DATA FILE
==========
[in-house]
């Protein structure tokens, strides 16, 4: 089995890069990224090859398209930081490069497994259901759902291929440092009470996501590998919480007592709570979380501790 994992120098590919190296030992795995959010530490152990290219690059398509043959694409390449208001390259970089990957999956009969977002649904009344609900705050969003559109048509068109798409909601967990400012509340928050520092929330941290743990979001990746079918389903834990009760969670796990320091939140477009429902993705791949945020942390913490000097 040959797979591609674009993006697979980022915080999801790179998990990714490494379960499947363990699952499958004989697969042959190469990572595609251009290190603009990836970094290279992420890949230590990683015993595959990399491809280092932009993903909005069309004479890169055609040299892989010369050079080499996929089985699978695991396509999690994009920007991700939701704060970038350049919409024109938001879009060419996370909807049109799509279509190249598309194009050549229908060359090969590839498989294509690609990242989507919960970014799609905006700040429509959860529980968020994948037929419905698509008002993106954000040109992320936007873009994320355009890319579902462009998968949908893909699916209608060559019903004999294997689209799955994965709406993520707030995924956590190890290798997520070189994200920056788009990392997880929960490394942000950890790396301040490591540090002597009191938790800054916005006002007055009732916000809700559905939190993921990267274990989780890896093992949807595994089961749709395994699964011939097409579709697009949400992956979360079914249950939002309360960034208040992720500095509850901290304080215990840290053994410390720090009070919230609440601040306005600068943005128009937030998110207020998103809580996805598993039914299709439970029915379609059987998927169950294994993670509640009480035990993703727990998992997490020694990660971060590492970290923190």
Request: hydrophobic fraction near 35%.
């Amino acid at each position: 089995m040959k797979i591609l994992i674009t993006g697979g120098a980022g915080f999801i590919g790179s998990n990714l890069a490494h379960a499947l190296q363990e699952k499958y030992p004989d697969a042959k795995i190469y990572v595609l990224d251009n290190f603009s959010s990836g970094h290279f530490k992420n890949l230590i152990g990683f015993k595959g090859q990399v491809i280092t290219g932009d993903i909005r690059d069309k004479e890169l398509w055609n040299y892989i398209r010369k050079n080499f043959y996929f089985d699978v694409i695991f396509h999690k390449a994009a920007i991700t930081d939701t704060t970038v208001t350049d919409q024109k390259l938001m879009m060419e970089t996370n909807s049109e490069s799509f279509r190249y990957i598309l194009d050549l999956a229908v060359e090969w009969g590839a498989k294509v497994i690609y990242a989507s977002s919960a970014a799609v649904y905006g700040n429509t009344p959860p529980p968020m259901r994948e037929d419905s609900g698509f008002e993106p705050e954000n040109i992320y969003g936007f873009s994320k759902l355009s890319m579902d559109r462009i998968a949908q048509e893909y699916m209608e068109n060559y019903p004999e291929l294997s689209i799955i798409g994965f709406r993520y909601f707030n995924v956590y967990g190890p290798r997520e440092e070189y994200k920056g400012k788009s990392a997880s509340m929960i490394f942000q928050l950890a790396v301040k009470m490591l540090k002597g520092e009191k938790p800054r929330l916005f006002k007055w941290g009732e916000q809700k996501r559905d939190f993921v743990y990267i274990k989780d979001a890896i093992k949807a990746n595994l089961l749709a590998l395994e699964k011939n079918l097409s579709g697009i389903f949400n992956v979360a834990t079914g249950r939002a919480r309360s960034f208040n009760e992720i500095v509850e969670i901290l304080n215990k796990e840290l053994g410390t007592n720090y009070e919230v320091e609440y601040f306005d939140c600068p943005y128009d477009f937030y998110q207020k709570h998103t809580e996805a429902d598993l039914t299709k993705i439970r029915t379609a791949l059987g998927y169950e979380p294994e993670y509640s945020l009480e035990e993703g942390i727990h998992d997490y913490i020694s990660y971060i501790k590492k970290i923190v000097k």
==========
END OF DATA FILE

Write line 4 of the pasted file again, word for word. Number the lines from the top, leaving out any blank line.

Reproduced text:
């Amino acid at each position: 089995m040959k797979i591609l994992i674009t993006g697979g120098a980022g915080f999801i590919g790179s998990n990714l890069a490494h379960a499947l190296q363990e699952k499958y030992p004989d697969a042959k795995i190469y990572v595609l990224d251009n290190f603009s959010s990836g970094h290279f530490k992420n890949l230590i152990g990683f015993k595959g090859q990399v491809i280092t290219g932009d993903i909005r690059d069309k004479e890169l398509w055609n040299y892989i398209r010369k050079n080499f043959y996929f089985d699978v694409i695991f396509h999690k390449a994009a920007i991700t930081d939701t704060t970038v208001t350049d919409q024109k390259l938001m879009m060419e970089t996370n909807s049109e490069s799509f279509r190249y990957i598309l194009d050549l999956a229908v060359e090969w009969g590839a498989k294509v497994i690609y990242a989507s977002s919960a970014a799609v649904y905006g700040n429509t009344p959860p529980p968020m259901r994948e037929d419905s609900g698509f008002e993106p705050e954000n040109i992320y969003g936007f873009s994320k759902l355009s890319m579902d559109r462009i998968a949908q048509e893909y699916m209608e068109n060559y019903p004999e291929l294997s689209i799955i798409g994965f709406r993520y909601f707030n995924v956590y967990g190890p290798r997520e440092e070189y994200k920056g400012k788009s990392a997880s509340m929960i490394f942000q928050l950890a790396v301040k009470m490591l540090k002597g520092e009191k938790p800054r929330l916005f006002k007055w941290g009732e916000q809700k996501r559905d939190f993921v743990y990267i274990k989780d979001a890896i093992k949807a990746n595994l089961l749709a590998l395994e699964k011939n079918l097409s579709g697009i389903f949400n992956v979360a834990t079914g249950r939002a919480r309360s960034f208040n009760e992720i500095v509850e969670i901290l304080n215990k796990e840290l053994g410390t007592n720090y009070e919230v320091e609440y601040f306005d939140c600068p943005y128009d477009f937030y998110q207020k709570h998103t809580e996805a429902d598993l039914t299709k993705i439970r029915t379609a791949l059987g998927y169950e979380p294994e993670y509640s945020l009480e035990e993703g942390i727990h998992d997490y913490i020694s990660y971060i501790k590492k970290i923190v000097k």